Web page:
Israel’s Erez Crossing to the Gaza Strip
By Tom Suarez, October 26, 2008 (two months and one day before the Cast Lead offensive)
The brief flutter of her eyes away from the soldiers told me that the young Palestinian woman next to me also saw it crawl out from near the guard booth to our left. Large and nearly black, it had stepped onto an asphalt stage whose backdrop happened to be the Erez Crossing to the Gaza Strip.
Had it emerged a short while earlier, it would surely have been unceremoniously trampled by the doctors and academics who, along with a few non-professionals such as me, had swarmed the metal gate in token defiance. We were supposed to have crossed through it today to attend a conference organized by the Gaza Community Mental Health Programme more than a year in advance. Each of us possessed entry documents from the World Health Organization, which along with the European Union, was among the event’s sponsors. But Israel blocked our entry, and so we became another tiny footnote in its hermetic blockade. We could, however, protest in relative safety, unlike the million and a half people trapped inside. Western privilege and the presence of myriad cameras protected us and, for the moment, our Palestinian colleagues.
So protest we did. We held banners and chanted slogans. We tried to talk to the soldiers in the hope of eliciting critical thought. And we made noise. We set upon the metal links, rattling them with such enthusiasm that the soldiers were convinced that we could not possibly sustain the din for long. But when we proved to be as relentless as locust, they dragged out barricades and ordered us behind them. I held fast until two soldiers physically removed me. Several soldiers then positioned themselves in the narrow corridor newly formed between the barricades and the gate to be sure we caused no further mischief.
We might have been left to stand there, defeated and impotent, had we not quickly discovered what effective drums the flat tops of the hollow plastic barricades make. So we laid musical siege once again, pounding our new war drums with flattened palms.
It was then that the cockroach stepped out from the shadows into the mid-afternoon sun, crawling east to west through the forbidden space into a minefield of Israeli Defense Forces boots. And it was then that the irony passed through my mind: how many times had I heard cockroach as the favored pronoun for Palestinians, an efficient two-syllable dehumanization to empower oppression?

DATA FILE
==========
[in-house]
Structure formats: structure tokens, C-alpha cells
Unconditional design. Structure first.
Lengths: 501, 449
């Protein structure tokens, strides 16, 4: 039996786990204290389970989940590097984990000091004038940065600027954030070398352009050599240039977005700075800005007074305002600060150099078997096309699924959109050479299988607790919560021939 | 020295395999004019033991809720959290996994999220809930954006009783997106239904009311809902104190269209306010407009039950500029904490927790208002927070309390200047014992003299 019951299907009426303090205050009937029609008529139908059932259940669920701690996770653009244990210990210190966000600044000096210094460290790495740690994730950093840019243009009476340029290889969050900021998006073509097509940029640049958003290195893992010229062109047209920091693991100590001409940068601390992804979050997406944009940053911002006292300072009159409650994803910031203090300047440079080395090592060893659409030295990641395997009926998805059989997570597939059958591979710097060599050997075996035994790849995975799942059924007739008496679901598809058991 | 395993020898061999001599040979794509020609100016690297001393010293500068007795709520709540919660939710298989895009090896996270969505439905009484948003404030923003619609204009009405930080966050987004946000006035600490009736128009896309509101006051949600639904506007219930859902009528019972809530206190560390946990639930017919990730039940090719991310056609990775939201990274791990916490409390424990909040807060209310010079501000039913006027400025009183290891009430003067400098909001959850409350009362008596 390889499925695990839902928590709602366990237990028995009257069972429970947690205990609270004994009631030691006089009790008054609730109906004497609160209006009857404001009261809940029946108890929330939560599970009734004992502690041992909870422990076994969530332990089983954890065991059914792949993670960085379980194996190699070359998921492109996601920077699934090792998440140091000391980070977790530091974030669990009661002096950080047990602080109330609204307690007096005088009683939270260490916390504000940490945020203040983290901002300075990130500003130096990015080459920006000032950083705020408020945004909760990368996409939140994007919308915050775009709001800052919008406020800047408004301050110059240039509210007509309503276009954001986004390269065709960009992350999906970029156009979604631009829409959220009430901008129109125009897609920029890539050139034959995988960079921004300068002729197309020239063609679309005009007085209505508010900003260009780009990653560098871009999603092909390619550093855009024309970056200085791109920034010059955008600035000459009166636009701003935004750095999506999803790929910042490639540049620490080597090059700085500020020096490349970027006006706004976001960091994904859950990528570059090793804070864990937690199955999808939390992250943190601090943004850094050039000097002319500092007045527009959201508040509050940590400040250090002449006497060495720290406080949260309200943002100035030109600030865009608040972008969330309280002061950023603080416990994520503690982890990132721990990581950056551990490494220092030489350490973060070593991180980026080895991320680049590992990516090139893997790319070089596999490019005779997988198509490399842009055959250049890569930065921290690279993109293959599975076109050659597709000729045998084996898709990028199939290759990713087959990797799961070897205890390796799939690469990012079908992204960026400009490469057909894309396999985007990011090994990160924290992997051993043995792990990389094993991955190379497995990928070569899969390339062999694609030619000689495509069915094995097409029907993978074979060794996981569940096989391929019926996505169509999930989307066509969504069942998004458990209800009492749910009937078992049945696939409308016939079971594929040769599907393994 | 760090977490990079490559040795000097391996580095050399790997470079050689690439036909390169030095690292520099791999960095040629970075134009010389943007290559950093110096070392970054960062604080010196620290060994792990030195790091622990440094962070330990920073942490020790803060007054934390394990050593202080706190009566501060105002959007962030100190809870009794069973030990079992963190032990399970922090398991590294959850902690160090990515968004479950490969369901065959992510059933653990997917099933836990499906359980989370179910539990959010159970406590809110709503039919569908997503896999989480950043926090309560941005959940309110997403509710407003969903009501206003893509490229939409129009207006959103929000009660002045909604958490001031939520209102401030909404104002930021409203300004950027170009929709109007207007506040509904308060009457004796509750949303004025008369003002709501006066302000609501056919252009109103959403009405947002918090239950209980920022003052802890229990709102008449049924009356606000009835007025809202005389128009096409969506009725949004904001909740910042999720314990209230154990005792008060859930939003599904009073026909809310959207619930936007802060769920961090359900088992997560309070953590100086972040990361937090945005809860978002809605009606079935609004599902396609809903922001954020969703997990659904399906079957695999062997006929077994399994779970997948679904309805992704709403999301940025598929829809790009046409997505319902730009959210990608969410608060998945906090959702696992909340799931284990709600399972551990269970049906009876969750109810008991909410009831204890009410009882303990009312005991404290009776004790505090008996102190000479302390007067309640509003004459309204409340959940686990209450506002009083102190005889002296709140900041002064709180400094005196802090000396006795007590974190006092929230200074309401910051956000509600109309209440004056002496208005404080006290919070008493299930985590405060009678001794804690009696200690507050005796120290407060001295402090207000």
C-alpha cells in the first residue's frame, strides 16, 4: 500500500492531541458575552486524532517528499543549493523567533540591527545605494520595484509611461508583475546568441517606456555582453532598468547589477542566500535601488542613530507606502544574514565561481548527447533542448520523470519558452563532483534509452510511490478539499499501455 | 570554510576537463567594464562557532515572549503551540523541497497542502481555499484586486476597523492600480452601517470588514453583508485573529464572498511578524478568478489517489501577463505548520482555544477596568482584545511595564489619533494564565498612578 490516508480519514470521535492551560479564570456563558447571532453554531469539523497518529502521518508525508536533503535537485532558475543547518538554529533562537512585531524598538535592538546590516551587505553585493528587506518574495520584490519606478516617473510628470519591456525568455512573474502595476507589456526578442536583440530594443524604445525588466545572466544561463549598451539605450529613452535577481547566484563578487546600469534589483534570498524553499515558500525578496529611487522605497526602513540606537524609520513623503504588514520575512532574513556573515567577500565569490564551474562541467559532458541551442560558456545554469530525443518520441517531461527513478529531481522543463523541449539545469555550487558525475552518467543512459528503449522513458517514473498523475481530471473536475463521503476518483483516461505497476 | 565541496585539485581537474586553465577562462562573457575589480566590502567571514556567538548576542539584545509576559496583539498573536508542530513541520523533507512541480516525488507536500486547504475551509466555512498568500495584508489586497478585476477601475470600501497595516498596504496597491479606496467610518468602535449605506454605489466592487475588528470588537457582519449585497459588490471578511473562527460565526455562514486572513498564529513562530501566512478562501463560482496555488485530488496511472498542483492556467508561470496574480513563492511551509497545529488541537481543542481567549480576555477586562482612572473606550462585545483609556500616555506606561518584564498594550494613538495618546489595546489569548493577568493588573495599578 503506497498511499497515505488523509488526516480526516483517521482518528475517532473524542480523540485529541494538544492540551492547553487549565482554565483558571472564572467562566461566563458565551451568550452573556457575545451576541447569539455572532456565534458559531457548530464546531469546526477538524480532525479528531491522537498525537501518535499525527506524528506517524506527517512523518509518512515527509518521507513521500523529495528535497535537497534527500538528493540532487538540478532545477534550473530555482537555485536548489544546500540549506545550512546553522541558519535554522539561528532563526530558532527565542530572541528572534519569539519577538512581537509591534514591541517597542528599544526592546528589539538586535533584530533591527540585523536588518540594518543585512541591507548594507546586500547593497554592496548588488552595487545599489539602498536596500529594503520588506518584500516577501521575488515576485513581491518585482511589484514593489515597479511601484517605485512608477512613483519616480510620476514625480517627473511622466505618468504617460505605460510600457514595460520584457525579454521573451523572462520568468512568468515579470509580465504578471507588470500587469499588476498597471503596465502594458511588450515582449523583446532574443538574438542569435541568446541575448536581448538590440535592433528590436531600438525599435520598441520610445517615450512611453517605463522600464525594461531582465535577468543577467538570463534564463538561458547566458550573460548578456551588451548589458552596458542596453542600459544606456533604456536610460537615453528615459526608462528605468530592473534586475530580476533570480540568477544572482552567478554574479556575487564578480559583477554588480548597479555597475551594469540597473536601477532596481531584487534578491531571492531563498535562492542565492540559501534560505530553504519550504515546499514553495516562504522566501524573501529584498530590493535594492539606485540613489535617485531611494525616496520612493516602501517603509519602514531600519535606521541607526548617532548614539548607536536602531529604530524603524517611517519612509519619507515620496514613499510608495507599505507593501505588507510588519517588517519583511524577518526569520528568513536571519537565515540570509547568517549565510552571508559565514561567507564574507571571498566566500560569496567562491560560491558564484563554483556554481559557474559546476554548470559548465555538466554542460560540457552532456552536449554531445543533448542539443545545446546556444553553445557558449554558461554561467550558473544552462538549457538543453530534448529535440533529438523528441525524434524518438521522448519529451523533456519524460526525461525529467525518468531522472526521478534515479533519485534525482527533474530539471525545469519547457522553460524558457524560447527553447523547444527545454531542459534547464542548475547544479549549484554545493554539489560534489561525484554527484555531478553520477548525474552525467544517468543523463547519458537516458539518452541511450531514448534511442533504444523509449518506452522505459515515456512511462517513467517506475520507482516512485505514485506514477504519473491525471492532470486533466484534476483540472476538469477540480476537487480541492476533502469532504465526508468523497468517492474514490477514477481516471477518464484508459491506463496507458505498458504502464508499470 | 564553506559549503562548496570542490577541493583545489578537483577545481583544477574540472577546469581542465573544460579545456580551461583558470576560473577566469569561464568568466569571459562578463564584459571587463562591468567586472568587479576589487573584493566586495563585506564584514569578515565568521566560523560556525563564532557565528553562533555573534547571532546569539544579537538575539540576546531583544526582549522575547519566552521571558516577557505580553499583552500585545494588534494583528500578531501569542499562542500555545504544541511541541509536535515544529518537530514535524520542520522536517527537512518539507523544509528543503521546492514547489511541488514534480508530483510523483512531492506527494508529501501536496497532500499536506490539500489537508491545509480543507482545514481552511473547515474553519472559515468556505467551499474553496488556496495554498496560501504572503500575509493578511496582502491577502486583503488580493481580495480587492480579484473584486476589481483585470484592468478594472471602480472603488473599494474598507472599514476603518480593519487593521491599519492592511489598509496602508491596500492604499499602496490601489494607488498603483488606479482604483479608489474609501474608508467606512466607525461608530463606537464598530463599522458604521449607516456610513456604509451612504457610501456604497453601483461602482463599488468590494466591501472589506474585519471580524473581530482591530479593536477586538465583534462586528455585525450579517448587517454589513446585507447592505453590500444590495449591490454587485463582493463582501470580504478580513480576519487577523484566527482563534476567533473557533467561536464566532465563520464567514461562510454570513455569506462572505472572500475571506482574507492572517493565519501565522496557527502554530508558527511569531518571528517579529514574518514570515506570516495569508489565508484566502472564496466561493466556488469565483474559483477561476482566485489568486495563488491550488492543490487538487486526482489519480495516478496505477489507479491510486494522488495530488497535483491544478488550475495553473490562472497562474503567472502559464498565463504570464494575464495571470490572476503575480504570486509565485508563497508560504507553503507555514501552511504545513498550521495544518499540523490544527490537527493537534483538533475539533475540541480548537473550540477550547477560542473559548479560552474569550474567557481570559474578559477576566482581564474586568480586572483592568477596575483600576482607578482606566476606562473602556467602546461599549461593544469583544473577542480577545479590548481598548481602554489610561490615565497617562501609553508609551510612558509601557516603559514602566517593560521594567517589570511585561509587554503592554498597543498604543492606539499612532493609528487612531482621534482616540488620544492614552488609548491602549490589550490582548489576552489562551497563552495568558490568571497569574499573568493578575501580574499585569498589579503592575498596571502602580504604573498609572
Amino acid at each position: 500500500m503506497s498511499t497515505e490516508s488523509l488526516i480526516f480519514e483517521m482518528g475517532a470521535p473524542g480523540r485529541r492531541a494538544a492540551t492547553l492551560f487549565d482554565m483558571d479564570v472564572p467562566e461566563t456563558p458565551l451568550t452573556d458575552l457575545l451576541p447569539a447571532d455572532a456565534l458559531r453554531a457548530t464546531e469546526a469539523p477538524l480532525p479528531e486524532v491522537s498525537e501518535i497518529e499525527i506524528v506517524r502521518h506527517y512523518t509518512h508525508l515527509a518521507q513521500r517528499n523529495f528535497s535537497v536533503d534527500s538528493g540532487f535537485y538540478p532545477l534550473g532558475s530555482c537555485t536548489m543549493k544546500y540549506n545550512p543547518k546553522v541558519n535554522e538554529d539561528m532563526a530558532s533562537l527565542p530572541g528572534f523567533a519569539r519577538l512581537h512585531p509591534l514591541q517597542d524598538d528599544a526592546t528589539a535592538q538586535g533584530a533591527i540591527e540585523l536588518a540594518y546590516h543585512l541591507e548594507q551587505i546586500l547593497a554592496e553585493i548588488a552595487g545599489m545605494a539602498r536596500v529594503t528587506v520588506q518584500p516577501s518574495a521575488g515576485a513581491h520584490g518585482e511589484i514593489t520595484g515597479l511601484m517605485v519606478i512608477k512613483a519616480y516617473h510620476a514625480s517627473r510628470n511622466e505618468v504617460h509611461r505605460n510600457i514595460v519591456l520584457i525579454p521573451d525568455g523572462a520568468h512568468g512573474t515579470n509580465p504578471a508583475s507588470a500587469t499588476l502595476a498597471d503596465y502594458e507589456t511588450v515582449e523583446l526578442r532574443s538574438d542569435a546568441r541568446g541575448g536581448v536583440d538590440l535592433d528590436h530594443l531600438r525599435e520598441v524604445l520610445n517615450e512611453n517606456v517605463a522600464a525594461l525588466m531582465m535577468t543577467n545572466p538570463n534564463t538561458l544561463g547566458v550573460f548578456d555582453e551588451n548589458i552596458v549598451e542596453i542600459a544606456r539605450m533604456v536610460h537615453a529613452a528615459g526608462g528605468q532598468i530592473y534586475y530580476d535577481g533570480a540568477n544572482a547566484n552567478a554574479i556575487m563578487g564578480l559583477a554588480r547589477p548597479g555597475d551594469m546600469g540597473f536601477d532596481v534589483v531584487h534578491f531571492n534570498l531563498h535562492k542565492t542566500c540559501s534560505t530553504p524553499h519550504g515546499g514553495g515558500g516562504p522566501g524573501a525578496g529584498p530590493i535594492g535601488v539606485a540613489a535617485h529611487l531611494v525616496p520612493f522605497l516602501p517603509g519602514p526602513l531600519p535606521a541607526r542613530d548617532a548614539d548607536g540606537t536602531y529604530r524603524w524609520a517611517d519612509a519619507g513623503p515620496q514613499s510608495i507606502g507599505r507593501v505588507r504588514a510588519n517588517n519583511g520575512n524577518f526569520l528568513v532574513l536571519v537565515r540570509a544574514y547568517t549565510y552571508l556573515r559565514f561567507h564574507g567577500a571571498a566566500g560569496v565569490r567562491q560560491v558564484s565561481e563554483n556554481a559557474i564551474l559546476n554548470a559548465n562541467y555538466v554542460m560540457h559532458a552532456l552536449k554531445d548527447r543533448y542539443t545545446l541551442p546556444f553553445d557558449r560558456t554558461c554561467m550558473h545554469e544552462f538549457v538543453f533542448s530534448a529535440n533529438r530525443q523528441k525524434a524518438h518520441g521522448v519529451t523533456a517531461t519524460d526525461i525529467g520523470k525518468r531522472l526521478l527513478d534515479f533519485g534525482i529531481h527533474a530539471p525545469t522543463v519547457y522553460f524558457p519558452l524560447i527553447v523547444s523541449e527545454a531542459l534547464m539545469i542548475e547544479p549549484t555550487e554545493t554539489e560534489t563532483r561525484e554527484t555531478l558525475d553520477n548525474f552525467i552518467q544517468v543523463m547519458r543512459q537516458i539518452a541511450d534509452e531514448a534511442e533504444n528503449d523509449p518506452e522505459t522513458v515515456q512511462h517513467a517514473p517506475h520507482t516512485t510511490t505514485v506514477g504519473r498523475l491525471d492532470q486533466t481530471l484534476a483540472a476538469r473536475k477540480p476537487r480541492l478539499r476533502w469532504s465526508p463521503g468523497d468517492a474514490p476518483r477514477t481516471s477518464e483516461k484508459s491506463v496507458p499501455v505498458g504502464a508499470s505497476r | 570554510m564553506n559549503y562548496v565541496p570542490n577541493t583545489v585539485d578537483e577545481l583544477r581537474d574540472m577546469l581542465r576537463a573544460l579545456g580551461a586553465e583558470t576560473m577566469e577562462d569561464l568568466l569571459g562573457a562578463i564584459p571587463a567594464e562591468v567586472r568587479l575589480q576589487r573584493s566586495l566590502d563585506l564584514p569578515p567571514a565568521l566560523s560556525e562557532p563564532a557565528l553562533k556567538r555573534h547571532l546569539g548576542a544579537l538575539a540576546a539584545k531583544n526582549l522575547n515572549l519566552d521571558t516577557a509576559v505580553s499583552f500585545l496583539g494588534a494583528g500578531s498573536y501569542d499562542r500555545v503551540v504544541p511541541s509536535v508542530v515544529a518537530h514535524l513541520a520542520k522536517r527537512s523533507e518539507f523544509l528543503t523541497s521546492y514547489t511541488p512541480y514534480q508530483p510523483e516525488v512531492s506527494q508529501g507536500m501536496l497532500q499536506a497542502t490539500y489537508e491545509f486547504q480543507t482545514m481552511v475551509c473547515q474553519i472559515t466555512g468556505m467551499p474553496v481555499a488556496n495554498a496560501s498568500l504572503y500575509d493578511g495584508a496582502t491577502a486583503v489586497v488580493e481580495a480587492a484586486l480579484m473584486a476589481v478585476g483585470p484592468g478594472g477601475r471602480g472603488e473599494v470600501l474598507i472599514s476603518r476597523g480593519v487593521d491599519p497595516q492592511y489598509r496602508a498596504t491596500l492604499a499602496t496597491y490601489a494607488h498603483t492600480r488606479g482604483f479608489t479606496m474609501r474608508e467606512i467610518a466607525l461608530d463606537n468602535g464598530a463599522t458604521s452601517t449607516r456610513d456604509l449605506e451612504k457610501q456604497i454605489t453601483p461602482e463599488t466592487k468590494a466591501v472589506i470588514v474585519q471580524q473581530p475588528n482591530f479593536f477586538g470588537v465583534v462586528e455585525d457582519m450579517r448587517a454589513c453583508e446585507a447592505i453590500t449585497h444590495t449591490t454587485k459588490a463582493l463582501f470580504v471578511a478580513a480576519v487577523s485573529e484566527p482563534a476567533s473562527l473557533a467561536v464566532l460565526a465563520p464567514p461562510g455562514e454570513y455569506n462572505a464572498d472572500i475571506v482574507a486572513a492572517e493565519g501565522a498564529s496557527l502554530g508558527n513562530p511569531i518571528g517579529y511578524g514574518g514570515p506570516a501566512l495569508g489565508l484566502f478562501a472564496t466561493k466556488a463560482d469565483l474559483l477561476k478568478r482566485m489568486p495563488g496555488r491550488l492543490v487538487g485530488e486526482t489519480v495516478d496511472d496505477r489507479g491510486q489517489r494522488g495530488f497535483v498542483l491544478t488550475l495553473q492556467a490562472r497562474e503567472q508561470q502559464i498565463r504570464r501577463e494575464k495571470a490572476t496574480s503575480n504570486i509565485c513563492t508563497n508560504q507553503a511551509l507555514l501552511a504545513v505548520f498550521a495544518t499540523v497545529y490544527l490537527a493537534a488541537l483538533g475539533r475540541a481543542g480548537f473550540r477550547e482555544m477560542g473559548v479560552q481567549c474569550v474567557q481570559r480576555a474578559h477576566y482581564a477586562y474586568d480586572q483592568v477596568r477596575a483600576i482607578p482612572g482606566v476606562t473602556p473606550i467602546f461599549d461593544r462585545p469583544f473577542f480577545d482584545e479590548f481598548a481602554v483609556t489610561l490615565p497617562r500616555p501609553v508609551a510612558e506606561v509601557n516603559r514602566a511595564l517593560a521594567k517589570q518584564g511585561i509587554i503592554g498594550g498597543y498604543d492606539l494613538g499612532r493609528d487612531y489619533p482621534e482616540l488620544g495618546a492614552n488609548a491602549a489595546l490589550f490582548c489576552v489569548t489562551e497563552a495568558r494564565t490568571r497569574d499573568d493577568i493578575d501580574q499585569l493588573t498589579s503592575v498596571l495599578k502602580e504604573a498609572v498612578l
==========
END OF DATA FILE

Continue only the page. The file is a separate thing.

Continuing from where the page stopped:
The young Palestinian woman next to me saw that I, too, was looking at the fat, oblivious insect. While our hands hammered away on the barricades, our eyes followed it crawling into greater and greater danger, nearer and nearer the soldier glaring directly at her and me.
And then he spotted it.
A moment passed as the soldier watched the insect plod along. Then he bent down to pick it up. I imagined him nabbing a Palestinian untermenchen in his fingers, free to direct or end its life as he pleased, with the same impunity as if it were the young woman next to me or a schoolchild on the other side of the crossing. Like the character in Kafka’s novella, the world had forgotten them.
Why, then, did the soldier coddle the cockroach very gently, as if careful not to cause it harm or even distress? My drummer neighbor and I exchanged suspicious glances. I could conjure only one answer, and so mentally prepared myself to have a huge cockroach catapulted into my face. I resolved not to flinch—yes, that would be my defiance, I would keep pounding away at the barricade drums without missing a beat. Or was it destined for her? Another exchange of glances told me that she was equally prepared.
So it was in utter disbelief that she and I watched as the soldier, cockroach respectfully in hand, turned and walked to the guard booth, knelt down by a shady, sandy patch, and respectfully set the wayward creature free, clear of danger. One of Israel’s most powerful weapons is its juxtaposing itself and Gaza as Good versus Evil, as if its deadly barrier were all that keeps the barbarian hordes from overrunning Civilization. I imagined the entrance before me as the very Caspian Gates, the mythical threshold protecting Humanity from the Biblical monsters Gog and Magog—and yet the soldier had left these apocalyptic Gates in order to deliver the cockroach to safety. His fingers’ mission of charity completed, they slipped back to the metal trigger of his US-supplied weapon, and he walked back into formation to resume his cold fix on us.
My young Palestinian neighbor pulled out a fat green marker that she’d used earlier for making banners, and now banged away with a two-tone protest, her right hand using the marker’s hard end while her left hand persevered with her palm. “If it was us?” she said just loud enough for me to hear over the drone, “he would have shot us.”